Figure 1

Major New Soviel Space Systems in Development

orbital

initial

operational

mrrmaiHin

KR1

Space irinuMHUiion lysiem

m.hiary ewmai* JmmmmmWmtiw) IIWIIIIIIIII1

launch deietiioi

lysiern

space nation

data

reswpply ithick

mewoiolojieal

M

transmission

optical MconntiiianecViorveiltanee

cinl eontsatt

New geodetic satellite _

phMofiaphic-ieopnyKcil aBtaaaaaaaaWtaaaaaaaaaa^aaMi^aaalaaaaaaaaaalaaaaaaaaaaaaMliiiia

1} t) Si

85 16 II H

89 90 "

91

n

For the rest of this century. Soviet space-related weapon systems will probably be limited to ASAT roles:

Wc do not expect significant improvements in the capabilities

of the nonnuclcar orbital ASAT interceptors. We do notthe developmentigh-altitude conventional orbital ASAT capability.

the most serious threat to US space systems is active EW. especially against high-altitude satellites. An additional view holdsoviel active EW capability against satellites does exist, brute force jamming would be the most likely EW technique. On the basis of available evidence, it is

difficult to judge with any confidenceovietcapability would include mote complex forms of jamming.1

Although potentially capable, we believe that Sovietballistic missiles and direct-ascent anliballistic missiles (ABMs) are unlikely lo be used in ASAT roles. Nevertheless, unprotected satellites will remain vulnerable to the long-range and persistent effects of nuclear detonations in space.

We believe thereigh probabilityrototype high-energy laser ASAT weapon will be tested in low orbit bv tlieigh-altitude version may be tested by the end of thepace-based laser ofegawatt class could

e tested in thet the earliest, but prototype testing is more likely to occur in the. If testing proves successful, an initial operational low-altitude system consistingew satellite weapons, having an ASAT range of hundreds of kilometers, could be available by the. Theimpact of the first testpace-based lasereapon-related mode would be greater than the actual military significance ofeapon in its initial applications.

Space-based weapons for ballistic missile defense (HMD) will require greater technological advances than those needed for an ASAT mission. Thus, the Soviets arc unlikely torototype space-based laser BMP system until at least ther an operational system until after the0

ransition to war. we believe the Soviets would expand theof naval targeting and photoreconriaissanee systems to reach full operational potential. Short of direct US-Soviet conflict, it seems unlikely that the Soviet leadership would risk physical destruction of US satellites, whereas It could perceive nondestructive interferenceomewhat less risky option. Should war occur, the use of active electronic warfare against space systems would probably be Ihc Initial ASAT activity. We do not believe that any ASAT activity would bemerely for warning or demonstration purposes. The likelihood of their launching orbital ASAT interceptors against selected US satellites probably would be highATO-Warsaw Pact conflict. Inonflict, the Soviets may perceive an operational advantage if both sides experience significant satellite losses. Inthe USSR's quick-launch capabilities provide an advantage over the United States in restoring satellite capabilities, assuming its launch-pads remain intact

Tht holder nl ikuhe IX-eetot.MMff neenty.

6

Tap Sdj.oi-

udear war. Soviet space systems would have keyTheir launch and control sites are not hardened, and their satellites probably have limited protection. In tbe future, key satellite systems could be replaced either by using reserves stored in orbit or by launching satellites from mobile facilities. However, the development of smaller communications and photoreconnalssance satellites would be required for useobile launch capability.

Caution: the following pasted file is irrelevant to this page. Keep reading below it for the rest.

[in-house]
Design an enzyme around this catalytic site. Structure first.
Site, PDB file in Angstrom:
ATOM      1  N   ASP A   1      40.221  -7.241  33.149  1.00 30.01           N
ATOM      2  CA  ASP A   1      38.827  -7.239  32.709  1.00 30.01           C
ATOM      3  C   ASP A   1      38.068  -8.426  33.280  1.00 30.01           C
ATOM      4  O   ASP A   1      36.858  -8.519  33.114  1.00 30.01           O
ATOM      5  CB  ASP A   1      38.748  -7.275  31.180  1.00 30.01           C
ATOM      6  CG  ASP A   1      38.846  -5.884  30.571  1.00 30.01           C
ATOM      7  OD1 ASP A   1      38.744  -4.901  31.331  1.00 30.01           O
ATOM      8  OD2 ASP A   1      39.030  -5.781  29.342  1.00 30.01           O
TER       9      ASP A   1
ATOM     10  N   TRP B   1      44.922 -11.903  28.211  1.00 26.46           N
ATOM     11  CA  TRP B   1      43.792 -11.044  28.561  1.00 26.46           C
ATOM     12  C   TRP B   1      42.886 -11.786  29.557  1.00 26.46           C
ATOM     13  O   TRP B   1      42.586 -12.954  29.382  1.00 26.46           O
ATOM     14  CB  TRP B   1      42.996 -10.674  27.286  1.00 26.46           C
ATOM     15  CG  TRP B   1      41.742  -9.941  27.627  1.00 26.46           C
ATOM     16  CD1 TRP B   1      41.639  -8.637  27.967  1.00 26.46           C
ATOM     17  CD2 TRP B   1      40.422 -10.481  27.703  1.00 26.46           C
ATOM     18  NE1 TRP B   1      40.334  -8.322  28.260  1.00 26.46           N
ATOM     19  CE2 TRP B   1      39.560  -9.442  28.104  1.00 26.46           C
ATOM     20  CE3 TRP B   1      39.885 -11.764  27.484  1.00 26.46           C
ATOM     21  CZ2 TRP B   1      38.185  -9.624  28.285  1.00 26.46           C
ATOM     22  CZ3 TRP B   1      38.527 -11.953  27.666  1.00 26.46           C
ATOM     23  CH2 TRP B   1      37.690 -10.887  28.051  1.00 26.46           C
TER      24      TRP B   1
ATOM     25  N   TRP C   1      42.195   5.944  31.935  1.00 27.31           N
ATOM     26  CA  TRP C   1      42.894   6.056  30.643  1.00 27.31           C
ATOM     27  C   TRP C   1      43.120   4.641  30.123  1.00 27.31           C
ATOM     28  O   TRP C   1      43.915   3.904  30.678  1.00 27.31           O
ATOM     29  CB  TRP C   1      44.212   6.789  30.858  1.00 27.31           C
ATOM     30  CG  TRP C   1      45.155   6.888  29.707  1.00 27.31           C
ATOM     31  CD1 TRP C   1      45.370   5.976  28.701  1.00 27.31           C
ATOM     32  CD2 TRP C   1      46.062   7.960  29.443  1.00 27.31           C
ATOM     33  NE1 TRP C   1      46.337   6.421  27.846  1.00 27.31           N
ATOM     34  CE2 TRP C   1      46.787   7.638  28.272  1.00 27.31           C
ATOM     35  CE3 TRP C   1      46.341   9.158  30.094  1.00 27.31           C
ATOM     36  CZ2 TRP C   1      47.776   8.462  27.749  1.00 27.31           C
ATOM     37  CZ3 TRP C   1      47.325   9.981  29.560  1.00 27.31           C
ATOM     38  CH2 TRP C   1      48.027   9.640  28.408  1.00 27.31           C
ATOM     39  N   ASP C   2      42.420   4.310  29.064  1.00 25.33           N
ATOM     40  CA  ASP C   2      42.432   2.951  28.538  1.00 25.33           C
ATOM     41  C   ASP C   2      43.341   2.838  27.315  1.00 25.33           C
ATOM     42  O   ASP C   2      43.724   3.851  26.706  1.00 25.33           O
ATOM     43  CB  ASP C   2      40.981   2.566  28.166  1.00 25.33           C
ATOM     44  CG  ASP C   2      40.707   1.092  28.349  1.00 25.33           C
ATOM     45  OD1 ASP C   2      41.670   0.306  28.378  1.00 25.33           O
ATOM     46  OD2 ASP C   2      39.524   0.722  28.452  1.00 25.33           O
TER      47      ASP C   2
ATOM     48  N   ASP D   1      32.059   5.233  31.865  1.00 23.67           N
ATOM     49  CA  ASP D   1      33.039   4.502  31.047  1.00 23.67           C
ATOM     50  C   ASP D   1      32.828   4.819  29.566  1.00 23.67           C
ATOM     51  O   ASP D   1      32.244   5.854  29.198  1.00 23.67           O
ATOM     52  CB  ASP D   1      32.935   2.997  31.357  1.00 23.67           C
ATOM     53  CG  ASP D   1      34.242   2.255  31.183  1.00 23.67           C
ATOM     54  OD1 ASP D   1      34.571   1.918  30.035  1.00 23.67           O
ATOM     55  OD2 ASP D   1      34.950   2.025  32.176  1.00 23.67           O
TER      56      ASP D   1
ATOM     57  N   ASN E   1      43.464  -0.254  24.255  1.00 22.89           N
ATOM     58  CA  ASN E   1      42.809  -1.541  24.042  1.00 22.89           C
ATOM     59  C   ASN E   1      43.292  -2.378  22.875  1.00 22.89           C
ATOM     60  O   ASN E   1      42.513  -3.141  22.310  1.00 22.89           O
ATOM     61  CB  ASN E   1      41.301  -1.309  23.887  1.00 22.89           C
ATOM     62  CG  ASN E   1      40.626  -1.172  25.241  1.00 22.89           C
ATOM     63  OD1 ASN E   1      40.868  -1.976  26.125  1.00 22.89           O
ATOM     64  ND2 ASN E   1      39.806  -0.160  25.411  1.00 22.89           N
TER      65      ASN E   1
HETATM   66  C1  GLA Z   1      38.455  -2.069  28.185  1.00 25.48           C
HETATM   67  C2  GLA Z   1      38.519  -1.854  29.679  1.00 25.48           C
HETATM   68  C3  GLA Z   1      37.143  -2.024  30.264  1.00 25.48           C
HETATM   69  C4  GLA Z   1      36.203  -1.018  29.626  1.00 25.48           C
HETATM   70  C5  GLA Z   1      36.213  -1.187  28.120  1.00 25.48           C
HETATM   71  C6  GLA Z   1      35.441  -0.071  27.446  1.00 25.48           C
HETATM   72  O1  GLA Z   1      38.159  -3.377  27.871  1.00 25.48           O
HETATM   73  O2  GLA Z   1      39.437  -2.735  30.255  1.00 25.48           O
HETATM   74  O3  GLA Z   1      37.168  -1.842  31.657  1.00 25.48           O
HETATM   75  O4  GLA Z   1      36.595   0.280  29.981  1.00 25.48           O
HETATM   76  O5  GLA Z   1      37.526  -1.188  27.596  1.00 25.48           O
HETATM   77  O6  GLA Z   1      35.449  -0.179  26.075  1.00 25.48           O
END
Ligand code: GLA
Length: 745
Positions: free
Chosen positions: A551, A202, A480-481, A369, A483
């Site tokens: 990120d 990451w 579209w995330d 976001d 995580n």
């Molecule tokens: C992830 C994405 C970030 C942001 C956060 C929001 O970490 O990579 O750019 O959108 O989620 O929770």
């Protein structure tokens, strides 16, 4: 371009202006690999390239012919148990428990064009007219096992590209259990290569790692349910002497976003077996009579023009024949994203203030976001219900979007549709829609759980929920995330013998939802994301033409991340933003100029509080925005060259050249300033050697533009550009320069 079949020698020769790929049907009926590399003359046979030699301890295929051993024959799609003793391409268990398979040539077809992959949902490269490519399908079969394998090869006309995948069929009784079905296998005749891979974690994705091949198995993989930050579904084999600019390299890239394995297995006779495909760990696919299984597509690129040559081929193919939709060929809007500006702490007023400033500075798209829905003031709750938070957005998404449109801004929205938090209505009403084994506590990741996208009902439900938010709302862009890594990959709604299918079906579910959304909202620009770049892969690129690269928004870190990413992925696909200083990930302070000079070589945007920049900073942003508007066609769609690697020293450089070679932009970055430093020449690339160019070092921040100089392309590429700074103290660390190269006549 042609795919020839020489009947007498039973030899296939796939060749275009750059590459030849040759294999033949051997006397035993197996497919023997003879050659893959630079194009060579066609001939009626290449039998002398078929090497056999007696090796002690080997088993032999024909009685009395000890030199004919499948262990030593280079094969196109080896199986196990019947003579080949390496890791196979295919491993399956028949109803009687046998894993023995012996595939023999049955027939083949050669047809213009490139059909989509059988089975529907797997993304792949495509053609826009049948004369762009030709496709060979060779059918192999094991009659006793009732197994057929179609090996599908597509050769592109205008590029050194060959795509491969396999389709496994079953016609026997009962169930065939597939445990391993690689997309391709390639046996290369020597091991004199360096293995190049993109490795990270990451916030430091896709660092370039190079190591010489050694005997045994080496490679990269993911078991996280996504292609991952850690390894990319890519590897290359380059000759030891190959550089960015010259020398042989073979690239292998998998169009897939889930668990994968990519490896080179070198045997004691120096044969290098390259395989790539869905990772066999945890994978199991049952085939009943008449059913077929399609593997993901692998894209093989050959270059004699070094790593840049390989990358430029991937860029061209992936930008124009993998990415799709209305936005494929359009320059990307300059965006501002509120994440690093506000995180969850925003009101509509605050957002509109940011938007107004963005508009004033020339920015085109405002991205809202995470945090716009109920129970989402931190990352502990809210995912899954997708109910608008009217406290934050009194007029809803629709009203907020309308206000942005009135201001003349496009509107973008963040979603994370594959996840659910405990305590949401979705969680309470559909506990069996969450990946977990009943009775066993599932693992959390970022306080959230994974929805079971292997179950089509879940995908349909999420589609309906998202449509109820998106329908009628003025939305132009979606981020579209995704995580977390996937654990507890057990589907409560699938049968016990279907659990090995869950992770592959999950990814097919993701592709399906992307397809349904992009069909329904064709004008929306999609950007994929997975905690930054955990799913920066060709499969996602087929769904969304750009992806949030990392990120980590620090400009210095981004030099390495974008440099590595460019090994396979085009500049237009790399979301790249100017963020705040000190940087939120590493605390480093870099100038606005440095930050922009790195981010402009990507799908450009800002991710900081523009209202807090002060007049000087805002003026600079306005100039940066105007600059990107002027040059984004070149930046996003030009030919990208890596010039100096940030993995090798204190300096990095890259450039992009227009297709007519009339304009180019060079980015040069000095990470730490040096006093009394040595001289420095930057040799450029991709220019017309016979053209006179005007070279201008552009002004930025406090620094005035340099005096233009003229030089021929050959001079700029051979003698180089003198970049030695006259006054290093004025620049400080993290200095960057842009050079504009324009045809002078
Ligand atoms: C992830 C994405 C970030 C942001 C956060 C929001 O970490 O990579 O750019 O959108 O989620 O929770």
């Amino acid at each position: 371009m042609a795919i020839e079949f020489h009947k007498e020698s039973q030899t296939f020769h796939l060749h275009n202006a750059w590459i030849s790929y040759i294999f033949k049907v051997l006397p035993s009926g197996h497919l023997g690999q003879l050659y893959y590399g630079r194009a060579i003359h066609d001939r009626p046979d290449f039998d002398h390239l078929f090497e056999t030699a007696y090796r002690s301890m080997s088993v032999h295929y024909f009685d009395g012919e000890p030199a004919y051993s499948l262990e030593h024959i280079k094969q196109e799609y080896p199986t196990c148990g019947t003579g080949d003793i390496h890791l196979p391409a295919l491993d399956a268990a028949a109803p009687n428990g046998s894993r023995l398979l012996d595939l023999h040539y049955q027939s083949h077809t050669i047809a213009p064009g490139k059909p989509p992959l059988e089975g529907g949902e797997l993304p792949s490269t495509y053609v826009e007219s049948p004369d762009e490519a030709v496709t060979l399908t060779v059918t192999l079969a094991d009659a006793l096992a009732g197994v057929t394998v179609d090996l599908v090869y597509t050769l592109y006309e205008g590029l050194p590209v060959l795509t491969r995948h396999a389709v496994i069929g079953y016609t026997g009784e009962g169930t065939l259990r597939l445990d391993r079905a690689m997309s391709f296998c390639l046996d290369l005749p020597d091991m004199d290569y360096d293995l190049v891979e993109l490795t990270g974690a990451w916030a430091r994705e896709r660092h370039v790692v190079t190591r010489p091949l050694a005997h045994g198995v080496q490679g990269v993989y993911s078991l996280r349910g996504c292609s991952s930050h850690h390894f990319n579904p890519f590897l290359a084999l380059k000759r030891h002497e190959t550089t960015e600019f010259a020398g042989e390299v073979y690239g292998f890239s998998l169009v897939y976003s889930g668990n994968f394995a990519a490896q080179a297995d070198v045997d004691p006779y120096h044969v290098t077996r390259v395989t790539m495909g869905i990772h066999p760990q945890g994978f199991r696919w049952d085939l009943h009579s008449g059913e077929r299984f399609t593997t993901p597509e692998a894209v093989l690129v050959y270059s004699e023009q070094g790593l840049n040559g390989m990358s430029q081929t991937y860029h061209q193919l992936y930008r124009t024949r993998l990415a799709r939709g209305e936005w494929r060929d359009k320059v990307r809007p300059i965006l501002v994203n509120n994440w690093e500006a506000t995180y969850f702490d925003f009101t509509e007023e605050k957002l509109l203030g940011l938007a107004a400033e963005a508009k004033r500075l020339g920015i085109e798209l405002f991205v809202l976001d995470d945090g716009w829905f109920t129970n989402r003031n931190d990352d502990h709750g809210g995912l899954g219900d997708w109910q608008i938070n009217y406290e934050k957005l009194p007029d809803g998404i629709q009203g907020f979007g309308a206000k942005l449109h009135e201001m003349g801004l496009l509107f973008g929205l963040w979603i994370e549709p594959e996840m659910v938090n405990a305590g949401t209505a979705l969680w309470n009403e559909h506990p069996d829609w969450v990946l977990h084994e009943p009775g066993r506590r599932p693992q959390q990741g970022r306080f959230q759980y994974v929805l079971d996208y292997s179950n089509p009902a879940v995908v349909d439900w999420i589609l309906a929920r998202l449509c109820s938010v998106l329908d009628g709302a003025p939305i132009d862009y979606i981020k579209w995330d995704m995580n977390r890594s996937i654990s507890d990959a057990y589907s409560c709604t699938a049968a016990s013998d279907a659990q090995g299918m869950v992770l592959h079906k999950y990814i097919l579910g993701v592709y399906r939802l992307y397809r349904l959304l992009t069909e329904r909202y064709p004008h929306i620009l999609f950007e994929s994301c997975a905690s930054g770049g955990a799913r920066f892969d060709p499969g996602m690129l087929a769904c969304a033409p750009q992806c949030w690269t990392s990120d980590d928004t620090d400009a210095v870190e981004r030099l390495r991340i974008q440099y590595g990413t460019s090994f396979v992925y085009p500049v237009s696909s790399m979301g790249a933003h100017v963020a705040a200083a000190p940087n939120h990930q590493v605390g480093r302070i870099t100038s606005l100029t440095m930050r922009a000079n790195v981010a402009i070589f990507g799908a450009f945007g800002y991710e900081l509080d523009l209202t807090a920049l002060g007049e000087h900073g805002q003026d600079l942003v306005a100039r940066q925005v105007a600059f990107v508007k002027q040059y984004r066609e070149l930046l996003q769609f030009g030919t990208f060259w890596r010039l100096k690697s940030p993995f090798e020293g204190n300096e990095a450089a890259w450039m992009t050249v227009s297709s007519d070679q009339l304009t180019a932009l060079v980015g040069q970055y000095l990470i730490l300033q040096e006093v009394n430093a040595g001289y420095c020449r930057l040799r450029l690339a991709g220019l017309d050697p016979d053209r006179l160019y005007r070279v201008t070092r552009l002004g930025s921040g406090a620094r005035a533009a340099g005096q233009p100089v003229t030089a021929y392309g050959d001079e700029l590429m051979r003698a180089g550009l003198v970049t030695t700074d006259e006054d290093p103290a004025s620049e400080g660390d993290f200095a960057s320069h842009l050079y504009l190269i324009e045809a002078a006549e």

Manned space activities are receiving increased emphasis in the Soviet space program:

6 manned space activities, which are predornananUy miliury in nature, will account for more than one-fourth of Soviet space expenditures.

The Soviet leadership has announced the national objective ofontinuously manned space station, which we believe will be achieved by

Beyond research and development, the military purposes of manned space stations remain unclear, but reconnaissance, to include ocean surveillance, is likely to be the main military mission. Inilitary space plane Is underTlie space plane mission also is unclear, but is likely toreconnaissance.

Increased Soviet space activities will offer potential economic benefits:

The USSR will be able toariety of space services at competitive prices. These services, particularlyand space launches, could provide sources of hardearnings.

Manufacturing and materials processing in space is another area of potential economic benefit to the USSR. Soviet experiments are sufficiently advanced to begin production in space within the next few years. Tbe Soviet space shuttle will enable regular harvesting of products manufactured in space

Increased Soviet space activities will also enhance Soviet prestige:

A visible, highly publicized, continuously manned Soviet space station will receive frequent worldwide attention.

A manned Muis mission or the establishmentanned lunar base could be undertaken in tlie. If actually undertaken and successful, such activities would demonstrate Soviel scientific and technical prowrss.

7

-*iy MOW-

lunar and planetary exploration, such as the comingalley's Comet mission, will enhance the USSR's desired imageeaceful and technologically advanced nation.

Our ability to anticipate developments in the Soviet space program is becoming increasingly difficult^

3

Therefore, unanticipated developments will be increasing-lix perception of the Soviet space threat would increaseif breakthroughs occur In:

weapons.

ubmarine detection.

lop1

SUMMARY

Use of Space